Thatcher, Cynthia Waddell,Shawn Henry, Sarah Swierenga, Mark Urban, Michael
Burks, Paul Bohman,Publisher: APress; Reprint edition (July 14, 2003), ISBN:
1590591488-----Original Message-----From: jill.lenz [<A
href="mailto: <EMAIL REMOVED> ]">mailto: <EMAIL REMOVED> ]
Sent: Wednesday, June 23, 2004 11:34 AMTo: WebAIM Discussion
ListSubject: Re: [WebAIM] Intro and questionFrom another
developer's perspective on maintaining two versions . ..been there, done
that. Don't do it.Follow Michael's advice of using XHTML/CSS. It's the
way to go thesedays. There's lots of good tutorials out there on the
subject.michael wrote:>; One a side note (from a developer's
perspective) if you have twoseparate>; sites, it is just going to take
you twice the amount of time tomaintainand>; twice the amount of
chance of error (updated page on main site butnot the>; secondary site
etc.)>;>; I honestly don't see why you would have a problem in
developing avisually>; pleasing site that is also steadfast accessible
especially if you usethe>; right tools and plan ahead. With the
majority of the browserssupport for>; and rendering of XHTML/CSS being
stronger, you will be able to keepthe>; presentation separate from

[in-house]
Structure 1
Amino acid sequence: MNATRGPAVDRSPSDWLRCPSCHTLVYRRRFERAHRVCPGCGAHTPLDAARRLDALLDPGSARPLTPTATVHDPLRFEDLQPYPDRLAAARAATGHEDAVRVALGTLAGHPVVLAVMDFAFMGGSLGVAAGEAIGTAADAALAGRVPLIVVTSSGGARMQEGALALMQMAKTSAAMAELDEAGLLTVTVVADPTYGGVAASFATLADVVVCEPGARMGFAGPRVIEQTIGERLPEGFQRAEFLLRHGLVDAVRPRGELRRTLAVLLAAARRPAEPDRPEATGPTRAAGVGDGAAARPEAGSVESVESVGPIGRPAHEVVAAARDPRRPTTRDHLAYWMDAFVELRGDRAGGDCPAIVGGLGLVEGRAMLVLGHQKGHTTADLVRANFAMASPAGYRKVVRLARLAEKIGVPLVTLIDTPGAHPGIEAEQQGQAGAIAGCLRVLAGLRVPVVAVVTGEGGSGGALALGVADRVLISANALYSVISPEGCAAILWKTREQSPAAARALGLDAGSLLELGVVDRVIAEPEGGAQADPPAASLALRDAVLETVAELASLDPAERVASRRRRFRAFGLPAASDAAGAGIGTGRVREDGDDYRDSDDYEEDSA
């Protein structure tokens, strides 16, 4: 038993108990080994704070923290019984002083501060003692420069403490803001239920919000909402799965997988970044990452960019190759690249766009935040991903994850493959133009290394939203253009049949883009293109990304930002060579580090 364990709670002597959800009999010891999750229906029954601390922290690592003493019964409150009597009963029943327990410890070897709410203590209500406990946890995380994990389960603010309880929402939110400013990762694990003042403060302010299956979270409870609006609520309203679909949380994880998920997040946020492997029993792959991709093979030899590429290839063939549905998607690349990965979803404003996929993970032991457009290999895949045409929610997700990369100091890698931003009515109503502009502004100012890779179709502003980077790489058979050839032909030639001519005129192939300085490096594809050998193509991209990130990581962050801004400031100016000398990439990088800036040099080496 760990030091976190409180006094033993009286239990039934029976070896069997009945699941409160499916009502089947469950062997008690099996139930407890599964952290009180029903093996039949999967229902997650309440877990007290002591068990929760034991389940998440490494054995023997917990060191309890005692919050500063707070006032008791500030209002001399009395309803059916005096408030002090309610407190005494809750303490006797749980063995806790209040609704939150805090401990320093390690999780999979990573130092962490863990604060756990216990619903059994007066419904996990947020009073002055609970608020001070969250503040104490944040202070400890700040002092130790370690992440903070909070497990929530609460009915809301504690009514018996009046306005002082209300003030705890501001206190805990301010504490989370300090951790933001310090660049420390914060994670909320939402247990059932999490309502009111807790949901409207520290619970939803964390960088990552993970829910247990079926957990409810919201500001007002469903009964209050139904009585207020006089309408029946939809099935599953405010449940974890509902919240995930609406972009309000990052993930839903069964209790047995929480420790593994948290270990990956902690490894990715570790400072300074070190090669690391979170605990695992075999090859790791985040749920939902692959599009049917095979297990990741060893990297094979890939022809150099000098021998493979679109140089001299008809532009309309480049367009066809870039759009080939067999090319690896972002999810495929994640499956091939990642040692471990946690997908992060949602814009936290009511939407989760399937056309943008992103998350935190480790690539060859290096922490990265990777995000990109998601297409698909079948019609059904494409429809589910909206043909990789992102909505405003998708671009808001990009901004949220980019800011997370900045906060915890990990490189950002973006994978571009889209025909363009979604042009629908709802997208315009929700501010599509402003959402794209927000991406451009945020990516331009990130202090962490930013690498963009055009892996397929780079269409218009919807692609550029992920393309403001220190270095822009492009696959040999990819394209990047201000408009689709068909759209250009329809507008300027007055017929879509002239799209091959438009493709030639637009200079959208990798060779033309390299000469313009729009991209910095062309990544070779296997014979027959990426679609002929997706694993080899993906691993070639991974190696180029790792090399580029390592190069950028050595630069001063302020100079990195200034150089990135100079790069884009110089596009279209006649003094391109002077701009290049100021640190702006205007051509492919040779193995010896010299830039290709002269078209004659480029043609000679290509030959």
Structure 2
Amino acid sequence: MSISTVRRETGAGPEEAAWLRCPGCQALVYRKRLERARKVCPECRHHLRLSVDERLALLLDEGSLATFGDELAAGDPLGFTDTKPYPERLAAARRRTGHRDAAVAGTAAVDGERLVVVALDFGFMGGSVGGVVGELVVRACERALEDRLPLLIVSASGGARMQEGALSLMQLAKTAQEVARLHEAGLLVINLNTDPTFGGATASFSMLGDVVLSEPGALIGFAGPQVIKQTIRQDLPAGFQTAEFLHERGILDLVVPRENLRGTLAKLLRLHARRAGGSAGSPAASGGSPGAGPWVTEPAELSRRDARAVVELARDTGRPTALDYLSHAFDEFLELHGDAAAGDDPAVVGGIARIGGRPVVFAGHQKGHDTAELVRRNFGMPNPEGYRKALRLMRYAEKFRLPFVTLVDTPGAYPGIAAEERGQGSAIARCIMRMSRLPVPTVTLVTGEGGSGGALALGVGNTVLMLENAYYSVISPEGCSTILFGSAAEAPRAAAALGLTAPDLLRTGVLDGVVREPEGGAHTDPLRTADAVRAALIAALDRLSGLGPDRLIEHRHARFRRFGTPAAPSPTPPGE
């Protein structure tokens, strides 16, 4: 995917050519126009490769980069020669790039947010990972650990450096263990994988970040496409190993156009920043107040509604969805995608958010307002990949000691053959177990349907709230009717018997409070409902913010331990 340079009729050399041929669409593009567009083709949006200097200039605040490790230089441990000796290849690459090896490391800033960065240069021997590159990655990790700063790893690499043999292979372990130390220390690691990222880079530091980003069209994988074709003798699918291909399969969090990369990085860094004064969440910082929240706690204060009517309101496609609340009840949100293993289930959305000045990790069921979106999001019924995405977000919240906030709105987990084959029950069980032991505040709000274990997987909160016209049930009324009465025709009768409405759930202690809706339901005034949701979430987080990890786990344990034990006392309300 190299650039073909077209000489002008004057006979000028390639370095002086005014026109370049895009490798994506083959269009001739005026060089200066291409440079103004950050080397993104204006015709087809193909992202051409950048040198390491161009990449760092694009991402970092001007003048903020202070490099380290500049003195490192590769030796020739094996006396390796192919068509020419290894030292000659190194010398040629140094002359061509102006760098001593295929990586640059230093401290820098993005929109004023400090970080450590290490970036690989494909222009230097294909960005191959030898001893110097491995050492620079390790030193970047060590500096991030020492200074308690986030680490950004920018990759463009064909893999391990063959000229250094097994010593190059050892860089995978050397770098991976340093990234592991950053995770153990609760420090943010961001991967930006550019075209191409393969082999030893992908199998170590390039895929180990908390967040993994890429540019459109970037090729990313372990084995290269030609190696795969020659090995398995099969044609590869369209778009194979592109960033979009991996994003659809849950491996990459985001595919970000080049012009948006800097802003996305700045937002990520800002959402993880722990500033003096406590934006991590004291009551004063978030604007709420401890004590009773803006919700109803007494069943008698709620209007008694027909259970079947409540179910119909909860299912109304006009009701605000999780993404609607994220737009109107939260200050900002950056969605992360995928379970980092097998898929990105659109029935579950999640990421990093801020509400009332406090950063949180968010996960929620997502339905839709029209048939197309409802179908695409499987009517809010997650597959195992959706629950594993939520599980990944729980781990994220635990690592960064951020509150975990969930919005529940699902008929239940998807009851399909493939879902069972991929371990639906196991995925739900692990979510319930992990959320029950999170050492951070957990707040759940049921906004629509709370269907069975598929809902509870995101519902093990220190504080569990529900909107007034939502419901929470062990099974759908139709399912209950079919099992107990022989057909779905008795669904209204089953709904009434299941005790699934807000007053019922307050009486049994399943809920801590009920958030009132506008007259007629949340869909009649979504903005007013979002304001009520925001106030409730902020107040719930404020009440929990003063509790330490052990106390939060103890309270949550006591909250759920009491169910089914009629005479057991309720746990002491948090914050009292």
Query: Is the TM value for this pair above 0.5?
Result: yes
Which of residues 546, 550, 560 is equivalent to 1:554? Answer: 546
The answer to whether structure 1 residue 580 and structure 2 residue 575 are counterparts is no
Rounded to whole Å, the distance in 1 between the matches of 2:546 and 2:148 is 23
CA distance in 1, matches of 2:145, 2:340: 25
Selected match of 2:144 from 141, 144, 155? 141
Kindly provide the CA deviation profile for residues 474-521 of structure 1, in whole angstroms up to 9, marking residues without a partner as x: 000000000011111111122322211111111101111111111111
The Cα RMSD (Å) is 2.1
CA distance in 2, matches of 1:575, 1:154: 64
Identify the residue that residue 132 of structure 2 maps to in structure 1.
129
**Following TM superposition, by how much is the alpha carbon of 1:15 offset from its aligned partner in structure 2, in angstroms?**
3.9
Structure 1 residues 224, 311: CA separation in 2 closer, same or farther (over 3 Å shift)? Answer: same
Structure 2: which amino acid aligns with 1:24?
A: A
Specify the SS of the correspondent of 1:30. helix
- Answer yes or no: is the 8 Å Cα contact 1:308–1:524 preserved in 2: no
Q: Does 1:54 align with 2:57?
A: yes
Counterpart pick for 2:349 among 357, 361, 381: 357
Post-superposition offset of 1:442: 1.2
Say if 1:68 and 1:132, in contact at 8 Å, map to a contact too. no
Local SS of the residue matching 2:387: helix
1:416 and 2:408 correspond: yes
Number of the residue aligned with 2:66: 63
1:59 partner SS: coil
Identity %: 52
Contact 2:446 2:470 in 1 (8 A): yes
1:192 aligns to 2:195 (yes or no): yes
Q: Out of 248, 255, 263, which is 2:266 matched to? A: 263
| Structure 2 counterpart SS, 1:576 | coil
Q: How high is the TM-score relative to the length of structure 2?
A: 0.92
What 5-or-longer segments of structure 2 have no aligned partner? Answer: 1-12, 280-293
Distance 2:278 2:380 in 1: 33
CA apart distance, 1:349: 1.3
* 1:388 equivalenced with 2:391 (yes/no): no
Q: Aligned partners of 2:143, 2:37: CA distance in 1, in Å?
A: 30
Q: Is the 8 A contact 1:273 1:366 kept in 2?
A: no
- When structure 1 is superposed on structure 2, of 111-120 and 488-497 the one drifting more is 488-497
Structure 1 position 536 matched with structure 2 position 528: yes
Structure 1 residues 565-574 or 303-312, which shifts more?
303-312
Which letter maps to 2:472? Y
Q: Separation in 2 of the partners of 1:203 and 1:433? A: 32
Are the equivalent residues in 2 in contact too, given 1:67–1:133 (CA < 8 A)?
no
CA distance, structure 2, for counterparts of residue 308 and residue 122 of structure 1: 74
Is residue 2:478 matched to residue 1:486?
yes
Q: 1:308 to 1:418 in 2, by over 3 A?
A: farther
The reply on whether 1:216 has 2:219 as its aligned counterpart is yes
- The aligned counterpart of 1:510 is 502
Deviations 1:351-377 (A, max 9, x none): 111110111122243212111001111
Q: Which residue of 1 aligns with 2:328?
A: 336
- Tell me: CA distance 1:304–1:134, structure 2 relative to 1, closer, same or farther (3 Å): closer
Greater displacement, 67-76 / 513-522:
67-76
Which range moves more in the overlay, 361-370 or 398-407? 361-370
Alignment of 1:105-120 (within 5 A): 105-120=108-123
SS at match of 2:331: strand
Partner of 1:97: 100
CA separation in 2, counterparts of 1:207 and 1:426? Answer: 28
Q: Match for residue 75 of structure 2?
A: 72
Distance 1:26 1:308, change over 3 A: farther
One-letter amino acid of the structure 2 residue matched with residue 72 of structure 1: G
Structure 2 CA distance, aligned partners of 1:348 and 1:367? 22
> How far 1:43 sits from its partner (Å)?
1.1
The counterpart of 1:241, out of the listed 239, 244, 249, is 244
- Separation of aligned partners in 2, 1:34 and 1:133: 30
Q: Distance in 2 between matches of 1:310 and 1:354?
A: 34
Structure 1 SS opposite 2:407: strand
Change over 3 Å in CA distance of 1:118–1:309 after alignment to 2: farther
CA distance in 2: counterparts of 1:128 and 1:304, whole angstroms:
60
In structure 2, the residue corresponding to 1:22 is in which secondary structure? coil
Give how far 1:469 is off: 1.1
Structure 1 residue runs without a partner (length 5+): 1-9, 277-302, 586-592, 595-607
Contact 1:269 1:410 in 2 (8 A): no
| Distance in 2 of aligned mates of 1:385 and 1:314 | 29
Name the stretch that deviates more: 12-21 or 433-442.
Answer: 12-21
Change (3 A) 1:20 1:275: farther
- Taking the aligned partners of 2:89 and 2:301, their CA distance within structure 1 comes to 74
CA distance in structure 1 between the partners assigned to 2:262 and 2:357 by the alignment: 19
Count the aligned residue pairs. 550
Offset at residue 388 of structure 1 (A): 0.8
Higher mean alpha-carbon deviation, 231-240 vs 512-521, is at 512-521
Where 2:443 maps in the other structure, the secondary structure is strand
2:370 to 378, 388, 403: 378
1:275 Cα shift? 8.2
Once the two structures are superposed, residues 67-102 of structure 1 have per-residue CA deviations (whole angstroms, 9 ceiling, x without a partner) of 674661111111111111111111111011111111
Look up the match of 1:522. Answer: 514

content pretty well which in turn allowsyou to>; manipulate the visual
side via CSS and create semantically correctcontent>; which should
transport well within both visual browsers and textbased>; browsers
and readers.>;>; HTH with giving you some other viewpoints on what
you will face whenandif>; you choose two separate sites. And
apologies for going a bit offtopic on>; your question.>;>;
Michael Goddard>; Internet Developer/Programmer, CIW>; TDH Marketing
&amp;amp; Communications, Inc.>; 8153 Garnet Drive>; Dayton, OH.
45458>; phone: 937.438.3434>; fax: 937.438.3453>; email:
<EMAIL REMOVED> >; web: <A
>;>;>; -----Original Message----->; From: honorsgurl [<A
href="mailto: <EMAIL REMOVED> ]">mailto: <EMAIL REMOVED> ] >; Sent:
Wednesday, June 23, 2004 12:59 PM>; To: WebAIM Discussion List>;
Subject: [WebAIM] Intro and question>;>;>;>;